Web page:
WASHINGTON (Reuters) -U.S. Representative Adam Kinzinger, one of the 10 House Republicans who voted to impeach then-President Donald Trump on a charge of inciting the deadly Jan. 6 attack on the U.S. Capitol, on Friday said he would not seek re-election in 2022.
The Illinois congressman, who also bucked party leadership by joining a House of Representatives panel investigating the Capitol riot, lamented national divisions in announcing his exit.
“I cannot focus on both a re-election to Congress and a broader fight nationwide,” Kinzinger, 43, said in a video posted on Twitter. He is in his sixth two-year term representing a district just outside Chicago.
Kinzinger was the second of 10 House Republicans who voted to impeach Trump to choose not to seek re-election in the 2022 contests that will determine control of Congress. Democrats hold slim majorities in both the House and Senate.
Kinzinger also faced a difficult race next year.
Hours before his announcement, Illinois’ Democrat-led state legislature approved a new map for congressional districts that would pit Kinzinger against another Republican incumbent, Representative Darin LaHood, in a single, heavily Republican district.
Illinois and other state governments are currently redrawing congressional district boundaries following the 2020 census.
Trump, the first U.S. president in history to be impeached twice, was narrowly acquitted by the Senate. He has lambasted Kinzinger and other Republicans who criticized him for his false claims that he lost the 2020 election to Democrat Joe Biden due to voter fraud.
“2 down, 8 to go!” Trump said in a statement on Friday following Kinzinger’s announcement. The former president has endorsed https://www.reuters.com/world/us/trumps-revenge-endorsements-drive-republican-congressman-race-2021-09-09 primary challengers to four House Republicans and a Senate Republican, Lisa Murkowski, who supported his second impeachment.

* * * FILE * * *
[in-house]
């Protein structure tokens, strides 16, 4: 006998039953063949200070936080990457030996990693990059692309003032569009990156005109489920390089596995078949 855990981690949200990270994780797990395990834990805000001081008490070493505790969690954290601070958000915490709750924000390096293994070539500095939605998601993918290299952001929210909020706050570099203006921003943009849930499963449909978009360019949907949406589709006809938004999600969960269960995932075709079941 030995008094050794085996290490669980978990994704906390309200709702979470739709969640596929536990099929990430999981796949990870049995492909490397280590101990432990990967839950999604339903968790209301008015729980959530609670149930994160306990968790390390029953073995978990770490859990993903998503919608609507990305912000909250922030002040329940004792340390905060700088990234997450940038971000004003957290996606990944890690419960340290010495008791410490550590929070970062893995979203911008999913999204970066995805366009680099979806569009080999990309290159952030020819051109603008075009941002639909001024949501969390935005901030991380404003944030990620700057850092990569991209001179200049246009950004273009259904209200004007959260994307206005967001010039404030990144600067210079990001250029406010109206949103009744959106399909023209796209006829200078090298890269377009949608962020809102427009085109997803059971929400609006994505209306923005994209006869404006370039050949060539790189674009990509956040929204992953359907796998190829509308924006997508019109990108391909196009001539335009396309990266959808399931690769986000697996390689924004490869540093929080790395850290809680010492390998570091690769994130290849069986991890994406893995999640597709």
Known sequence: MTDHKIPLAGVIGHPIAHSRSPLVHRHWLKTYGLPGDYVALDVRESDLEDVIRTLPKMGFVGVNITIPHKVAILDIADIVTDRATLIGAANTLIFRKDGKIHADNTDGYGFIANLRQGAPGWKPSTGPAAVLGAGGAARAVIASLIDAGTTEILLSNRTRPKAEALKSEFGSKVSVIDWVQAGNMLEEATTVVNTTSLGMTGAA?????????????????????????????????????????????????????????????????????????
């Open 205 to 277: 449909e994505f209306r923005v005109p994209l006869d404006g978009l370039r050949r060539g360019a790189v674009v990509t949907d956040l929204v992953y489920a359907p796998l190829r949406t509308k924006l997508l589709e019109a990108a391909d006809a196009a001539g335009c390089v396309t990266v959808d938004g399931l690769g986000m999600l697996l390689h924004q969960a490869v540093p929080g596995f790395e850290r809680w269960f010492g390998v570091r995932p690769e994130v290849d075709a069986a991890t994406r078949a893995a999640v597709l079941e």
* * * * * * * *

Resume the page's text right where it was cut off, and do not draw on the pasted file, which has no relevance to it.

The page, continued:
In September, Representative Anthony Gonzalez of Ohio, another Republican who voted to impeach Trump, dropped out of his re-election race, citing “the toxic dynamics inside our own party.”
Representative Liz Cheney, who also cast a vote for impeachment, was ousted from her House Republican leadership post after repeatedly criticizing Trump’s claims. Once considered a rising star in the party, she faces a tough re-election battle in her home state of Wyoming.
Kinzinger, who had also been one of Trump’s fiercest critics in the Republican Party, was less pointed in the video announcing his exit from Congress.
He said his political career was not over. While he did not specify his next steps, he urged viewers to support a political action committee, or fund-raising organization, which could support his political allies.
“My disappointment in the leaders that don’t lead is huge,” Kinzinger said. “We must unplug from the mistruths we’ve been fed.”
(Reporting by Jason Lange; editing by Scott Malone and Jonathan Oatis)